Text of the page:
Java Server Performance

According to the documentation, the SPECjbb 2013 benchmark has "a usage model based on a world-wide supermarket company with an IT infrastructure that handles a mix of point-of-sale requests, online purchases, and data-mining operations". It uses the latest Java 7 features and makes use of XML, compressed communication, and messaging with security. We tested with four groups of transaction injectors and backends.

Benchmark architecture diagram

Several readers commented that we should try to optimize for lower response times instead of just optimizing for maximum throughput, so we have changed our relatively basic tuning. We left out "+AggressiveOpts" as this is still somewhat a risk for stability and the performance does not increase tangibly, and we used "-XX:+AlwaysPreTouch". Also we are more generous with the amount of allocated memory. These results are thus no longer comparable to our previous results. Our full parameters are:

"-server -Xmx8G -Xms8G -Xmn4G -XX:+AlwaysPreTouch -XX:+UseLargePages"

With these settings, the benchmark takes about 47GB-52GB of RAM. The first metric is basically maximum throughput.

SPECJBB 2013-Multi max-jOPS

Our new tuning has resulted in higher results, and all of the new Xeon scale well. However, if you start looking at it from a performance/watt perspective, the results are good but not spectacular. The power consumption of the Xeon E5-2695 v3 is similar to the Xeon E5-2697 v2, and the former has a 13% performance advantage.

The Critical-jOPS metric, is a throughput metric under response time constraint (SLA).

SPECJBB 2013-Multi Critical-jOPS

With our new tuning, the critical jOPS make a lot more sense, so we believe we have taken a step forward. Notice that the Xeon E5-2695 v3, despite its clock speed disadvantage (2.3 at least, 2.8 at the most), is capable of keeping up with the Xeon E5-2697 v2 (2.7 at the least, 3GHz at the most). The improvements in Haswell are measureable.

However, it must be said that while this is a step forward if you're buying a server, it's not a large one. You get 13% more throughput and the same response time for a few hundred dollars less (Xeon E5-2695 v3 vs E5-2697 v2).

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  • LostAlone - Saturday, September 20, 2014 - link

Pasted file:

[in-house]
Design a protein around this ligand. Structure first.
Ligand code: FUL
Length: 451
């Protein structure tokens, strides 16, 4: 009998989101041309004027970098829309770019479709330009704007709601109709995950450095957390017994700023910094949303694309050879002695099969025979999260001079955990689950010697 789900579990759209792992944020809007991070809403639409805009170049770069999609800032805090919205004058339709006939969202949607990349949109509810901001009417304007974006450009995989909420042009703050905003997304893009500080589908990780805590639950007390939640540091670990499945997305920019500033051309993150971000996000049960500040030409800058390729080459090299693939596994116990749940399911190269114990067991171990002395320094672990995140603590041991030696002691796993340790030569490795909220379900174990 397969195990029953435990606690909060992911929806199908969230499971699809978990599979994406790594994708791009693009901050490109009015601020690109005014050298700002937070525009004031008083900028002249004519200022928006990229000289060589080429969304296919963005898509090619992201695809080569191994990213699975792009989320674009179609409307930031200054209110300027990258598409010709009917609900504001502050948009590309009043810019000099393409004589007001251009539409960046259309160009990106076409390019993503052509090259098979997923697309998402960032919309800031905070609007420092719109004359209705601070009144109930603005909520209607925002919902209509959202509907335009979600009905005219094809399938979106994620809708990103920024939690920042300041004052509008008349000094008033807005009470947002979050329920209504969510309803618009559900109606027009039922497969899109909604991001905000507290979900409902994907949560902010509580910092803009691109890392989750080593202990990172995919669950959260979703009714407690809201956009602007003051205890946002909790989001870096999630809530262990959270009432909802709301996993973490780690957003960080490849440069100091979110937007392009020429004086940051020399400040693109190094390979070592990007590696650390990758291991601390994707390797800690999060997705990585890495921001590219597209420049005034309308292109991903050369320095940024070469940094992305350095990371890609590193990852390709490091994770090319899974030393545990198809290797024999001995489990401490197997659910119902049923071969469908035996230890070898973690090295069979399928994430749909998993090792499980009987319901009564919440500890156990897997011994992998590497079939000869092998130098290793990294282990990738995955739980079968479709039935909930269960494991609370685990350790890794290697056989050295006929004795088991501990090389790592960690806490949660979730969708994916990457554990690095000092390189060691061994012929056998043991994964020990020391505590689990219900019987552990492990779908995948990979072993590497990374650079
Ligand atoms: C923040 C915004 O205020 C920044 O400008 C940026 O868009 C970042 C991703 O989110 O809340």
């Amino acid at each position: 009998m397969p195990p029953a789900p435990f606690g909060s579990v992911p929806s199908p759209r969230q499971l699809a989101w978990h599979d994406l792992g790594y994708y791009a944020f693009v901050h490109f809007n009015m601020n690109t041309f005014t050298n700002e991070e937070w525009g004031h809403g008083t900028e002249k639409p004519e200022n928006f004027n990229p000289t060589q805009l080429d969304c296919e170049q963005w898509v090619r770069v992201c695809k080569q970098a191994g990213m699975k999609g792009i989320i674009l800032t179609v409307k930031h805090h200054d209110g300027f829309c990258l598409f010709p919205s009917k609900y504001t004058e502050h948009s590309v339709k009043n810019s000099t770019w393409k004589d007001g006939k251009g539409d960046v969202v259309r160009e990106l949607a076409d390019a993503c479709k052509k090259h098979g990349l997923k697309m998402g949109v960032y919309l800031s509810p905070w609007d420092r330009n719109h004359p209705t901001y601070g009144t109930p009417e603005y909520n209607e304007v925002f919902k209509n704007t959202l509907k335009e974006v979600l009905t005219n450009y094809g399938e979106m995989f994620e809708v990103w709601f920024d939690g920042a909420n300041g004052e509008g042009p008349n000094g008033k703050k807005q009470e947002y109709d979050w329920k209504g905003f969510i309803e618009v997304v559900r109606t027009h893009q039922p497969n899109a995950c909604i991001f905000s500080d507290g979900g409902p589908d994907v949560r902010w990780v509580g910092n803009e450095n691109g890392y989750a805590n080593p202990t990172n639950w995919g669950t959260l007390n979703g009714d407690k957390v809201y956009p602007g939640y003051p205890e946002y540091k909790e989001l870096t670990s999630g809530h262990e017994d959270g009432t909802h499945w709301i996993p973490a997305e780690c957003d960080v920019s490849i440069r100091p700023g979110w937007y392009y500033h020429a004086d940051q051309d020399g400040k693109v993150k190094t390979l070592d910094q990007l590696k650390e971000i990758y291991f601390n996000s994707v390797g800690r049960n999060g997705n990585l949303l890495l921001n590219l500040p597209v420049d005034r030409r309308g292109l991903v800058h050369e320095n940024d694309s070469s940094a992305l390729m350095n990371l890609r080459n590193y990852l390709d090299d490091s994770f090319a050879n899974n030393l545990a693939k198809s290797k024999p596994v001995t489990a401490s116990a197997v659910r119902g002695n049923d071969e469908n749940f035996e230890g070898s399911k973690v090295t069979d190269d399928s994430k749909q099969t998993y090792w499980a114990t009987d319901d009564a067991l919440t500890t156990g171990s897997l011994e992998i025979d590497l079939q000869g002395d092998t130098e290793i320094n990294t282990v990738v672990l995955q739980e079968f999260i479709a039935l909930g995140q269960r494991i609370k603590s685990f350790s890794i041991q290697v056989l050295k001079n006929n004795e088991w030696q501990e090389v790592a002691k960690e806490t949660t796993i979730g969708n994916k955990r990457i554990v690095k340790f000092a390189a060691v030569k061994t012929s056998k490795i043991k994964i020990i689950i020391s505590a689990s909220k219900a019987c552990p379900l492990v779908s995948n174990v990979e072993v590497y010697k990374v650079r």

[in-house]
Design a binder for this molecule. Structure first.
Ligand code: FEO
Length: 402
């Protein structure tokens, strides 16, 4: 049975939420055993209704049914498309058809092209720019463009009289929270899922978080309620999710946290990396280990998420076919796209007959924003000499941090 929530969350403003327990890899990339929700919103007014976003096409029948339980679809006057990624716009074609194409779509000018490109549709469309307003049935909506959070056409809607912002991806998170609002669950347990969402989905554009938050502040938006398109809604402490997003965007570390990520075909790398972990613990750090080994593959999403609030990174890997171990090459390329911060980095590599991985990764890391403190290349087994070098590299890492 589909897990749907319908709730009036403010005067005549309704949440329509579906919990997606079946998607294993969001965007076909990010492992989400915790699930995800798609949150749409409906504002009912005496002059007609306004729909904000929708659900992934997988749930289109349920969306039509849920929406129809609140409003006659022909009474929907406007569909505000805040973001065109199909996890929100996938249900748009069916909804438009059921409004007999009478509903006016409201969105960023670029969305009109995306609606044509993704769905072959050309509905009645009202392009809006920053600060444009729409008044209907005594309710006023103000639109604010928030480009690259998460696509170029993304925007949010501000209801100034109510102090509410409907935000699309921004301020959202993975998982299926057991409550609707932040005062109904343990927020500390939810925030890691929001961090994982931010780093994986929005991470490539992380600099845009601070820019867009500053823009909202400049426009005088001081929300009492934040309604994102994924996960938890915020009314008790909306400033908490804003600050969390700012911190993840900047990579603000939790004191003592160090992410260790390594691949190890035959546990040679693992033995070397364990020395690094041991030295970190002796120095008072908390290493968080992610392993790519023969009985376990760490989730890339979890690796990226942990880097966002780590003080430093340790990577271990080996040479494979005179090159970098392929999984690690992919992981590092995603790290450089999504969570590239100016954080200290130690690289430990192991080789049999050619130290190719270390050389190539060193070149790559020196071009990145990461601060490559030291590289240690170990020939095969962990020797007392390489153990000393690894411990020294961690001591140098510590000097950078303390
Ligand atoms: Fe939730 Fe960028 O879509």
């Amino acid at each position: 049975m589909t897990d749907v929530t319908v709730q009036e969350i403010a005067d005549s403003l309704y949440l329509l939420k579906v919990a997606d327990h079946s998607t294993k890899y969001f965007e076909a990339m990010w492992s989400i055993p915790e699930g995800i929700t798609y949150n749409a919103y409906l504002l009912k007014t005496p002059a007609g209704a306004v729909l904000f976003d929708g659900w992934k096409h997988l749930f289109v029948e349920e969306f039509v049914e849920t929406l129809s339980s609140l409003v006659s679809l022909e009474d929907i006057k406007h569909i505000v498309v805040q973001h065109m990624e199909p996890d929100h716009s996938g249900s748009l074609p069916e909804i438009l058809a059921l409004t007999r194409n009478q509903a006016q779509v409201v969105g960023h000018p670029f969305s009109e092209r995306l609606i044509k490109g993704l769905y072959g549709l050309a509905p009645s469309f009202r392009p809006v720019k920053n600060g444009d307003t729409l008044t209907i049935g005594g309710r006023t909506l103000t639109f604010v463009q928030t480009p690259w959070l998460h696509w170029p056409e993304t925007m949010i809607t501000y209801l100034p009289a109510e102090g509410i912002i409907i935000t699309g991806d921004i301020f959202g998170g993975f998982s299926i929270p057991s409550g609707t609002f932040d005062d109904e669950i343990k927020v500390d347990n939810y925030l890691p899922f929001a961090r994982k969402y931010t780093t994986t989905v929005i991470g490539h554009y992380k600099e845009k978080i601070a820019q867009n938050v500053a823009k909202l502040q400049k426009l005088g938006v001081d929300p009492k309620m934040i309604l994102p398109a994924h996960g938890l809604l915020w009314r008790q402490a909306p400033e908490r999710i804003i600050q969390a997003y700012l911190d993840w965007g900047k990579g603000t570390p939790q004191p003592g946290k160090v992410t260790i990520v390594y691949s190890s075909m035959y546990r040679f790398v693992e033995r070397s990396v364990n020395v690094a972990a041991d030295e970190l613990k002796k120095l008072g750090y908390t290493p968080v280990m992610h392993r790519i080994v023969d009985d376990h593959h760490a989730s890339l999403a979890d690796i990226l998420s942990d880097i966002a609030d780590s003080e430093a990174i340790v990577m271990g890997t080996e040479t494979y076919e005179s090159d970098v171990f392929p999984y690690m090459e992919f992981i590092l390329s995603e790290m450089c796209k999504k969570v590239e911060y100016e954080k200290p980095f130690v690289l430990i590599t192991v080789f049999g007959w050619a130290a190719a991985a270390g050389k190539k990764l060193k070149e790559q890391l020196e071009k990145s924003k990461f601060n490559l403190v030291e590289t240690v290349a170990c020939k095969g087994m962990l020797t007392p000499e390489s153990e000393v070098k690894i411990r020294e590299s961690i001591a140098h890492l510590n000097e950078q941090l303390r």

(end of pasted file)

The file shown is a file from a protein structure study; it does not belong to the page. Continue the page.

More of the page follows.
Given the difference in size between the two companies it's not really all that surprising though. Intel are ten times AMD's size, and I have to imagine that Intel's chip R&D department budget alone is bigger than the whole of AMD. And that is sad really, because I'm sure most of us were learning our computer science when AMD were setting the world on fire, so it's tough to see our young loves go off the rails. But Intel have the money to spend, and can pursue so many more potential avenues for improvement than AMD and that's what makes the difference. Reply
  • Kevin G - Monday, September 8, 2014 - link

    I'm actually surprised they released the 18 core chip for the EP line. In the Ivy Bridge generation, it was the 15 core EX die that was harvested for the 12 core models. I was expecting the same thing here with the 14 core models, though more to do with power binning than raw yields.

    I guess with the recent TSX errata, Intel is just dumping all of the existing EX dies into the EP socket. That is a good means of clearing inventory of a notably buggy chip. When Haswell-EX formally launches, it'll be of a stepping with the TSX bug resolved.
    Reply
  • SanX - Monday, September 8, 2014 - link

    You have teased us with the claim that added FMA instructions have double floating point performance. Wow! Is this still possible to do that with FP which are already close to the limit approaching just one clock cycle? This was good review of integer related performance but please combine with Ian to continue with the FP one. Reply
  • JohanAnandtech - Monday, September 8, 2014 - link

    Ian is working on his workstation oriented review of the latest Xeon Reply
  • Kevin G - Monday, September 8, 2014 - link

    FMA is common place in many RISC architectures. The reason why we're just seeing it now on x86 is that until recently, the ISA only permitted two registers per operand.

    Improvements in this area maybe coming down the line even for legacy code. Intel's micro-op fusion has the potential to take an ordinary multiply and add and fuse them into one FMA operation internally. This type of optimization is something I'd like to see in a future architecture (Sky Lake?).
    Reply
  • valarauca - Monday, September 8, 2014 - link

    The Intel compiler suite I believe already converts

    x *= y;
    x += z;

    into an FMA operation when confronted with them.
    Reply
  • Kevin G - Monday, September 8, 2014 - link

    That's with source that is going to be compiled. (And don't get me wrong, that's what a compiler should do!)

    Micro-op fusion works on existing binaries years old so there is no recompile necessary. However, micro-op fusion may not work in all situations depending on the actual instruction stream. (Hypothetically the fusion of a multiply and an add in an instruction stream may have to be adjacent to work but an ancient compiler could have slipped in some other instructions in between them to hide execution latencies as an optimization so it'd never work in that binary.)
    Reply
  • DIYEyal - Monday, September 8, 2014 - link

    Very interesting read.
    And I think I found a typo: page 5 (power optimization). It is well known that THE (not needed) Haswell HAS (is/ has been) optimized for low idle power.
    Reply
  • vLsL2VnDmWjoTByaVLxb - Monday, September 8, 2014 - link

    Colors or labeling for your HPC Power Consumption graph don't seem right. Reply
  • JohanAnandtech - Monday, September 8, 2014 - link

    Fixed, thanks for pointing it out. Reply

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